Gootchie Creek Escape seems to us that it less about the location and more about the company. There is nothing particularly off-putting about this spot. In the same breath, there is nothing particularly attractive about it either. It is basically an extra-large paddock, complete with cattle, with a body of water that campers set up around. The body of water isn’t good for fishing, nor is it very big or clean but it is still good for a paddle if it is hot enough. I would imagine it to be more impressive after a good dose of rain. There is an abundance of turtles in the water, unknowingly keeping onlookers entertained by sunning themselves on logs and popping their heads up for air intermittently.

Nevertheless, our neighbors at home, Megan and Dave and their two kids, Hunter and Ella, became our neighbors at camp, setting up their caravan next to our camper. My Mum and Dad also came along, setting up on the other side of us. One thing we have found challenging since moving states is meeting new people. Lucky for us, Megan and Dave had invited a few camps of friends and we got to know some very interesting new people.

Camping is always made better by the people you are camping with. For us, this really was what our long weekend was about. Relaxing days, staying out of the direct sun and cheerful nights chatting to new friends.

The staff at Gootchie Creek Escape went to a lot of effort to add some extras to their paddock for the long weekend. They had Yo Dough come in and make wood-fired pizza (pre-order only) Saturday and Sunday night, which we didn’t partake in, only due to the amount of food we had all bought with us. They had a talented couple provide chilled music covers around a big campfire and also set up a projector screen, playing a movie for the kids on Saturday night. The NRL Grand Final was on the projector Sunday night (unfortunately, with a couple of teething problems and reception issues). We definitely scored them an A+ for effort with these activities.

For those thinking about visiting, you can book online or give them a call. It is pretty cheap at $15 per adult and $10 per child, per night. There are no powered sites available but once you are in, you can camp wherever you like. There is a relatively new toilet and shower block, which is a short drive or a decent walk from the main camp area. In saying that, you can camp as close to it as you like. There is a dump point at reception ($3.00 to use it). The friendly reception staff also offer barista-made coffee at certain times. Gootchie Creek Escape is dog-friendly, it has some shady spots available and a small play area for kids with plenty of extra space for them to run around. You’ll need to take your rubbish home, although they do provide recycling bins for all of your cans and bottles.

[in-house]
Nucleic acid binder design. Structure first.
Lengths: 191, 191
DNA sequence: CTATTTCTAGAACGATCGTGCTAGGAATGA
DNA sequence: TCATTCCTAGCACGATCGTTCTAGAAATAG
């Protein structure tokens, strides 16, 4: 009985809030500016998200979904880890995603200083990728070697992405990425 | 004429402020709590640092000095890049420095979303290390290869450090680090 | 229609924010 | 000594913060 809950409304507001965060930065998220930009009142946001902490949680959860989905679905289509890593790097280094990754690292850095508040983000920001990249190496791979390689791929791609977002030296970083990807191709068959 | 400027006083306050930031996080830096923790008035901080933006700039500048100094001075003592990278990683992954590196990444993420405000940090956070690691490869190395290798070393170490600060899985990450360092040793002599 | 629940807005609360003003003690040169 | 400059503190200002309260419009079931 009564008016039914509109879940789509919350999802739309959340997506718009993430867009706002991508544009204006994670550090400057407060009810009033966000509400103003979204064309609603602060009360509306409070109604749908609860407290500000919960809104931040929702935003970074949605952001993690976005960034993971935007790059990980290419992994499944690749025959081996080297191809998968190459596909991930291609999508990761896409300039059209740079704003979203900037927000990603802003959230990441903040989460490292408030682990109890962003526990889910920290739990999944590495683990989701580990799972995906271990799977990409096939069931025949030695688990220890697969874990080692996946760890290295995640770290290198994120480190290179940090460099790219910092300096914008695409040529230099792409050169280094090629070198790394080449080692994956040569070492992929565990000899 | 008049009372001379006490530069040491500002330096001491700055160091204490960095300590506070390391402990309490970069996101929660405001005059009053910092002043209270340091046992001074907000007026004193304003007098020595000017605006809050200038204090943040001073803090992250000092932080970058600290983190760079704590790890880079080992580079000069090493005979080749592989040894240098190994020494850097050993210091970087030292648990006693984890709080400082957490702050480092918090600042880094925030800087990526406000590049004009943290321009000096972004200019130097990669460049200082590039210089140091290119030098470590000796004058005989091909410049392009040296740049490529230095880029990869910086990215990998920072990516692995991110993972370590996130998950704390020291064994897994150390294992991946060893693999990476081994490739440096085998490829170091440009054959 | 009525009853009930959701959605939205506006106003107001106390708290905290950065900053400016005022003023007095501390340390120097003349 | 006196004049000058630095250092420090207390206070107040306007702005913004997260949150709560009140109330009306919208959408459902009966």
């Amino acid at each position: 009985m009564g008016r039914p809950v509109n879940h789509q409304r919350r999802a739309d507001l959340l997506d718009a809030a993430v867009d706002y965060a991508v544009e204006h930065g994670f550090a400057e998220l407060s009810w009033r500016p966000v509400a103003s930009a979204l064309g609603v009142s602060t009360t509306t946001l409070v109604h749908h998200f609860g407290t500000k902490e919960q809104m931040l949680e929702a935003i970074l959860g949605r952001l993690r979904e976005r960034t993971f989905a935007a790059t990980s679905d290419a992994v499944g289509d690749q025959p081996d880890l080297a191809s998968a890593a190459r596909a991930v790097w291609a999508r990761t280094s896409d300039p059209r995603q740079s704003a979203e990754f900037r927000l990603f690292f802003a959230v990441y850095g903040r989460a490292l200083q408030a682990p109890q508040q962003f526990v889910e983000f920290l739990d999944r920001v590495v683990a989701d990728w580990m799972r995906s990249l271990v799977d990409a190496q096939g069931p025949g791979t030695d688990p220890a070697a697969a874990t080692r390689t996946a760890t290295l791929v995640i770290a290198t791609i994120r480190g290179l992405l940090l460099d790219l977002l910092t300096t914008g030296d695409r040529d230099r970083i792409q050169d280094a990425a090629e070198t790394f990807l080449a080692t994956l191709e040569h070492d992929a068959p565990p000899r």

Inspired By Lady Elliot

Lady Elliot Island from the plane window.

It has been a while since I last added to my blog. Yesterday was my 39th birthday. As a gift, my husband, Ben, took me to Lady Elliot Island and oh boy, it is worth writing about. The day not only reminded me how important little adventures are but it also inspired me to get back into blogging and so here I go.

Lady Elliot Island is the southernmost coral clay of the Great Barrier Reef. It is around 80km north-east of Bundaberg. You can get there by boat or plane, they have an airstip that runs down the center of the Island. For us, as we live in Hervey Bay now, it was a 35 minute flight on a smallish plane.